Take the meat out of the refrigerator about an hour before you put it on the smoker. Get your fire going and make sure the cooking chamber is about 225 degrees; here's a basic tutorial on getting your smoker going. Over 250 and below 200 are bad, but it’ll turn out fine as long as you stay within those bounds. Unwrap the meat and place it on the smoker, fat side up.

Hit the brisket with a big dose of smoke to begin with so that the rub forms into a bark. Monitor the temperature, but refrain from opening the smoker unless necessary. After 4 hours, or when the meat has a bark, prepare and apply the mop. Mop is a sauce that is poured over brisket while cooking to keep it moist. Melt a stick of butter, add the chopped onion and saute. Then add the vinegar, brown sugar, and beer, and simmer for 10 minutes. Take off the heat and spoon this mixture over the brisket every hour or so.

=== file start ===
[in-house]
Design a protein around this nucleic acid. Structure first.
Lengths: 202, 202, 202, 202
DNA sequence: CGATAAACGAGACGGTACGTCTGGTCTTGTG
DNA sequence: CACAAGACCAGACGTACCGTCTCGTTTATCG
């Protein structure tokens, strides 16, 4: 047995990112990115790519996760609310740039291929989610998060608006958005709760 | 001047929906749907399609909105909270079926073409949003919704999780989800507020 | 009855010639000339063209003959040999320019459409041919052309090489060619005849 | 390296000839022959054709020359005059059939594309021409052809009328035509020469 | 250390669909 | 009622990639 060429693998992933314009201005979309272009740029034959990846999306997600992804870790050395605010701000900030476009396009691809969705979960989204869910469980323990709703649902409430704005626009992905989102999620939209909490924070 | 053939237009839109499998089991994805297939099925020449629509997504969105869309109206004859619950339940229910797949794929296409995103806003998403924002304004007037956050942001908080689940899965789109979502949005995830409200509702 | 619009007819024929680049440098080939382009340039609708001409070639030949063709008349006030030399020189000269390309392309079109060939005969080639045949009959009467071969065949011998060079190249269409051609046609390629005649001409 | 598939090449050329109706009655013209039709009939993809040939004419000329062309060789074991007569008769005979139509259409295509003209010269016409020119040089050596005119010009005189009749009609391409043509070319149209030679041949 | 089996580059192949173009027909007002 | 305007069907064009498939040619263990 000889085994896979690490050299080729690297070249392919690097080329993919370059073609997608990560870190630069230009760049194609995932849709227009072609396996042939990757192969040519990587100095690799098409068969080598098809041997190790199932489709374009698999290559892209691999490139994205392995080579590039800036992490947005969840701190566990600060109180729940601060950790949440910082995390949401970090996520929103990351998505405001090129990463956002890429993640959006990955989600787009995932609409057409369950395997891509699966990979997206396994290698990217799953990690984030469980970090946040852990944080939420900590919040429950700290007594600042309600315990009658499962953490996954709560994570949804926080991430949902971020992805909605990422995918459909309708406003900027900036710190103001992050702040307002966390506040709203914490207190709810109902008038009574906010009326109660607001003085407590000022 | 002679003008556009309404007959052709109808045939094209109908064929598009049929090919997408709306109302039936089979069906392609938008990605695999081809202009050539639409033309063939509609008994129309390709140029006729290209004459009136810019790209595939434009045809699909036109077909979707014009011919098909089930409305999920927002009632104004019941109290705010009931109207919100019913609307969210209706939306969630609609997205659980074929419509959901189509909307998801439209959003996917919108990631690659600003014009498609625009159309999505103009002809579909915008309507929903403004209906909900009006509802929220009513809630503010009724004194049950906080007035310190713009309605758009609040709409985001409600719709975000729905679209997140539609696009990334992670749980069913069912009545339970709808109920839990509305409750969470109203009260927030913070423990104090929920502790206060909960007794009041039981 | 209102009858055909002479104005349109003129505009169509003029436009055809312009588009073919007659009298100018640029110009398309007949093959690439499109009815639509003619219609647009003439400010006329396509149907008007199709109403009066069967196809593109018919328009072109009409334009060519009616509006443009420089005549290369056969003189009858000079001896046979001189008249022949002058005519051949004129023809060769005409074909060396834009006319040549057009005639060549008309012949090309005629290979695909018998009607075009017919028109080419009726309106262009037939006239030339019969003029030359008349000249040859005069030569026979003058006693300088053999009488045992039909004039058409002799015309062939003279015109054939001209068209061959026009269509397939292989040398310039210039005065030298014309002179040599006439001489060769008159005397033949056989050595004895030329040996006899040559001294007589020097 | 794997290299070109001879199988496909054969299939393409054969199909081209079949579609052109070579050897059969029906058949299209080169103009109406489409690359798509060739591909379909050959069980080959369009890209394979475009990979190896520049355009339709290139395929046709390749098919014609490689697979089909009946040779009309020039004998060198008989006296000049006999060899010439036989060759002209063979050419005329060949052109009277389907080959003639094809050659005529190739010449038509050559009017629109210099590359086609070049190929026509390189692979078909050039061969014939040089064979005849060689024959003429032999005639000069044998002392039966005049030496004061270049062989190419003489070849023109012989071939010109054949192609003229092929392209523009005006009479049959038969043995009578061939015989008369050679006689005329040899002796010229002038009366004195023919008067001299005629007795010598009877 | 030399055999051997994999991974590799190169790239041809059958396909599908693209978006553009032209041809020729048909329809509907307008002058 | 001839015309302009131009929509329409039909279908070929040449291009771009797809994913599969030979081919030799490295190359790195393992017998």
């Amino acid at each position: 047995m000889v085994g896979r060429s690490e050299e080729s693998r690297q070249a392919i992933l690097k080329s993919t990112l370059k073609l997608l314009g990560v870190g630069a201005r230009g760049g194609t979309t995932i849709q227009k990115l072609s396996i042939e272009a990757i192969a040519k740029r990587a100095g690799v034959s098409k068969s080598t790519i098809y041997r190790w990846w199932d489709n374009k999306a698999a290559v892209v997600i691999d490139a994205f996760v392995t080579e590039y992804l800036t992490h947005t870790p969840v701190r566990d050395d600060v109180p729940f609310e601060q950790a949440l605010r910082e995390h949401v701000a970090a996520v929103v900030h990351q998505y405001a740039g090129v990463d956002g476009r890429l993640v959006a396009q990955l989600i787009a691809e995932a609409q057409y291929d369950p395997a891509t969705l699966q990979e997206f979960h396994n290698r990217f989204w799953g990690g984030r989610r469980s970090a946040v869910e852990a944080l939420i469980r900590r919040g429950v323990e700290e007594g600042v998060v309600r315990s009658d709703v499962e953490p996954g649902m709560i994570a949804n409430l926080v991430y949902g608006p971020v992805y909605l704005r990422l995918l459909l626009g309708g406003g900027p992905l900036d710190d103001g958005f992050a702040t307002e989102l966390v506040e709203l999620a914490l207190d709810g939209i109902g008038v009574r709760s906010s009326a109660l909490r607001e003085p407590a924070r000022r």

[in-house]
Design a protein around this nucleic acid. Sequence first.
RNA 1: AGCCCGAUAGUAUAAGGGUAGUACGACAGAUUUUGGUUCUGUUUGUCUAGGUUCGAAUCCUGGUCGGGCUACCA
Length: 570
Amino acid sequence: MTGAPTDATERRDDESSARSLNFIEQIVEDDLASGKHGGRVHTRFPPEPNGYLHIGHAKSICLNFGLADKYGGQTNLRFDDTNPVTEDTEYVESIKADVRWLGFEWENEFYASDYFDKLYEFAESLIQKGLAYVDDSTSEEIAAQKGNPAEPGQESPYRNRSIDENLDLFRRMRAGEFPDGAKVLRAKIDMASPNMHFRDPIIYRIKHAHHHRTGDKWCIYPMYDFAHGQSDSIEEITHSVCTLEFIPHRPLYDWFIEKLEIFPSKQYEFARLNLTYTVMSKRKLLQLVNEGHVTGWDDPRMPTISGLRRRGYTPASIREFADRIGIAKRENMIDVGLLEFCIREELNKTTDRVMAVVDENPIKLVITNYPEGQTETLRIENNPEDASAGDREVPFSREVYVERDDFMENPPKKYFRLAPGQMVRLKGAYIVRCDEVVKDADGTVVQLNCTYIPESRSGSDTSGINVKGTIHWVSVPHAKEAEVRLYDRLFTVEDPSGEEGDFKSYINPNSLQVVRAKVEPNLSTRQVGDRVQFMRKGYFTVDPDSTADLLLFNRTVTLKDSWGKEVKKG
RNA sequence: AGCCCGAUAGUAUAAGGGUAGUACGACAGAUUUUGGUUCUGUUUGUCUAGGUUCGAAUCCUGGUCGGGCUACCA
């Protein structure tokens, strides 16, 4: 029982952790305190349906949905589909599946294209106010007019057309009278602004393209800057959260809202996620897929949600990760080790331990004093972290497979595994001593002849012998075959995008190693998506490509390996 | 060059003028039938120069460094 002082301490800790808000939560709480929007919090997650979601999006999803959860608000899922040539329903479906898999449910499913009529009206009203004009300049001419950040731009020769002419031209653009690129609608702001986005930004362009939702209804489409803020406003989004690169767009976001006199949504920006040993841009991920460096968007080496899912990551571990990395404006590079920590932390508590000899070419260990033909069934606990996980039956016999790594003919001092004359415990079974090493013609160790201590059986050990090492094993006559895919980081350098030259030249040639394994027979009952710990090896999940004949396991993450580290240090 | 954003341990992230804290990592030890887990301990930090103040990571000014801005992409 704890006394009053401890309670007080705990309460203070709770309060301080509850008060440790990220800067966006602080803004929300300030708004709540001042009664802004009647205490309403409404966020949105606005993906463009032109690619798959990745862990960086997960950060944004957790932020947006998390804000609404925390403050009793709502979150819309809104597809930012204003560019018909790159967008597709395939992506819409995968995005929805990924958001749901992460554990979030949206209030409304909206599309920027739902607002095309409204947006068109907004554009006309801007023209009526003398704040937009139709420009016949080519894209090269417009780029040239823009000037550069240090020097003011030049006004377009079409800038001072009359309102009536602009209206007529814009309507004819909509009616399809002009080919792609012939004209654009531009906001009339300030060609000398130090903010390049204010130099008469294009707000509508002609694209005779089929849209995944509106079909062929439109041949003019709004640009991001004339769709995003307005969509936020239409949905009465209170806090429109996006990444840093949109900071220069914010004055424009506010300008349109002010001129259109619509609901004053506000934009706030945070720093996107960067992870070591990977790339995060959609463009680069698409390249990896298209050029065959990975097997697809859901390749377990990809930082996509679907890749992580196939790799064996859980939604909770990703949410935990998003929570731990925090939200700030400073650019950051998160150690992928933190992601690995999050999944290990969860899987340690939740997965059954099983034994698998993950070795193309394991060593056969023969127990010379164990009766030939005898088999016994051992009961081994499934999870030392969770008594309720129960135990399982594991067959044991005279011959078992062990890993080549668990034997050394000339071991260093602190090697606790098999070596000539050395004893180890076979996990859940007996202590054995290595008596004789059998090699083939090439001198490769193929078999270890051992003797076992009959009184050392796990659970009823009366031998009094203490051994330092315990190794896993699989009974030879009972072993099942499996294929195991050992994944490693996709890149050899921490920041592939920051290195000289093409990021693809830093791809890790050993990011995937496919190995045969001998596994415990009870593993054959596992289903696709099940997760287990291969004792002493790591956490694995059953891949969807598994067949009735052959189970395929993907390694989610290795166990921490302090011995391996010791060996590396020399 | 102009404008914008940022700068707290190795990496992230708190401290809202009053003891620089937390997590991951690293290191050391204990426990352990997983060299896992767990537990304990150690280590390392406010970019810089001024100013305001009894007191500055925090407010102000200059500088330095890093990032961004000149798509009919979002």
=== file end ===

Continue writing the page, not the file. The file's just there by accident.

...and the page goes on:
It usually takes about one to one and a half hours of cooking per pound of meat. While most beef is considered done at 175 degrees, you want to smoke the brisket until it reaches 180 degrees on an internal thermometer. Taking the meat up that additional 5 degrees breaks down significantly more connective tissues, resulting in a sliced cut that has a buttery, crumbly texture.

Always cut the meat perpendicular to the grain. This is easy enough to figure out for the flat, but the point does not have a uniform grain direction. Make some exploratory cuts into the point to see where the grain goes. Serve with white bread, pickles, onions, cheddar cheese, and barbecue sauce.

Additional Recipes